not rcally bcing awarc ol what wc arc doing in any givcn
momcnt. Vhcn wc dccidc to still that mind in mcditation
wc soon discovcr thc lorcc that can arisc il wc don’t givc in
and play its gamcs ol pcrpctual rcstlcssncss. !l wc do managc
to still thoughts and discovcr that prccious stillncss, ncgativc
cmotional lorccs bcgin to gathcr and arisc lrom thc pit ol our
stomach, or hara, and bcgin to inßamc our thoughts. Vc
soon discovcr that this rcstlcssncss bccomcs much morc ol
a physical cxpcricncc as thcsc cmotional lorccs run through
our body and manilcst in unplcasant ways. Vc twitch, wc
movc, wc scratch, wc look around, wc blow our nosc, wc
changc our posturc and chcck thc timc, wc nnd anything to
rclicvc that buildup ol lrustratcd cncrgy. Trough pcrscvcr
ancc and a dctcrmination not to givc in to thcsc distractions,
wc lcarn to bcar with it and carry on bringing oursclvcs back
to thc ccntrc and rcmain oncpointcd. Trough timc, cvcn il
it’s just a littlc, that ncgativc cmotional lorcc loscs its powcr
and calms down, it displays its incvitablc impcrmancncc.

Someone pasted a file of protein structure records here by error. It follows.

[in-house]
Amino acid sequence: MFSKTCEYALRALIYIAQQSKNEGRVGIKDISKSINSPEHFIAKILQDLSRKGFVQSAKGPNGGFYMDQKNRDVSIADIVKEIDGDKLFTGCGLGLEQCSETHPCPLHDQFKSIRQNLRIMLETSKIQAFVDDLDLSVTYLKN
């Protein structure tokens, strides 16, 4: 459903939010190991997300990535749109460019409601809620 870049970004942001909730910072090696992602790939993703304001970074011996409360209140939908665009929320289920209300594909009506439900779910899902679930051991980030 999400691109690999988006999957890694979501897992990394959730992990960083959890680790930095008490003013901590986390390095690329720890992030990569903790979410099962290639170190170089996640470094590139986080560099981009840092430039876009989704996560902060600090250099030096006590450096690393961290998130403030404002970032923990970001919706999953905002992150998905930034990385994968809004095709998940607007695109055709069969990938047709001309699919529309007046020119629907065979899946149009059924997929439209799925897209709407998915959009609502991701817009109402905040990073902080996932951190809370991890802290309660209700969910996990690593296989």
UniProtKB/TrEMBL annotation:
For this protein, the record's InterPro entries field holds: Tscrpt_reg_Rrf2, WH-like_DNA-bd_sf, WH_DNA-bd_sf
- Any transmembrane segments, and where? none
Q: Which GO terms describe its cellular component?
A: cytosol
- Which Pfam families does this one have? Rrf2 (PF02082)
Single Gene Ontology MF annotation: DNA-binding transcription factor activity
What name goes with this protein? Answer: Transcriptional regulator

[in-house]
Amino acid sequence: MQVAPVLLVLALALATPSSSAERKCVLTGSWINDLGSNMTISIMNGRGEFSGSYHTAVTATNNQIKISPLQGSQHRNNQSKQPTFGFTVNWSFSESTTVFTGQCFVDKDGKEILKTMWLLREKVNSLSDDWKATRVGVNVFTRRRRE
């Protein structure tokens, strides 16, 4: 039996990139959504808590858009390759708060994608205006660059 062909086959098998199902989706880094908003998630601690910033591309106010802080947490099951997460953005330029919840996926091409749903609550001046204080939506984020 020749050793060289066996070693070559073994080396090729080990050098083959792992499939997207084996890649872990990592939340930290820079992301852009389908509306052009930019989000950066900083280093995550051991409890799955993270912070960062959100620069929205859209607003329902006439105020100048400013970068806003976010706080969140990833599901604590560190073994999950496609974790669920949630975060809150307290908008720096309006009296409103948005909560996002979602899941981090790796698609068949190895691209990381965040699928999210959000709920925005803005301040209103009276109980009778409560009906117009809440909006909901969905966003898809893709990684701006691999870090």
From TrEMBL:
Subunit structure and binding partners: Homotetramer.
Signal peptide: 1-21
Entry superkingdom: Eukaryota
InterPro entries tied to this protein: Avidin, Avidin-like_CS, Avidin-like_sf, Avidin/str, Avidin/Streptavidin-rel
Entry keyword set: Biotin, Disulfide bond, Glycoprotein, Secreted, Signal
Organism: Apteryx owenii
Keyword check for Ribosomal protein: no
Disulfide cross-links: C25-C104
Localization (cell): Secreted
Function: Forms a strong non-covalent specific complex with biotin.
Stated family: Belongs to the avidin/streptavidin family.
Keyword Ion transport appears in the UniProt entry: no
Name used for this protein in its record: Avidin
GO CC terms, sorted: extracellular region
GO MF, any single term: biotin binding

Fcclings ol happincss and cvcn bliss can thcn arisc as wc
continuc to stay oncpointcd, allowing us to bathc in thc
lruits ol our cßorts to stay with it. Vc lcarn to stay with and
bcar with thc arising ol thc passions. Vc lcarn to stay with
what wc arc doing in thc momcnt, and that is staying ccntrcd
in thc coolncss ol awarcncss cvcn in thc middlc ol all this
mcntal and physical dukkha — but can wc do this in our
cvcryday lilc: Can wc stay with what wc arc doing whcn wc
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arc cngagcd in somc mundanc daily activity, whcn somconc
comcs to us whilst wc arc cngagcd in a particular activity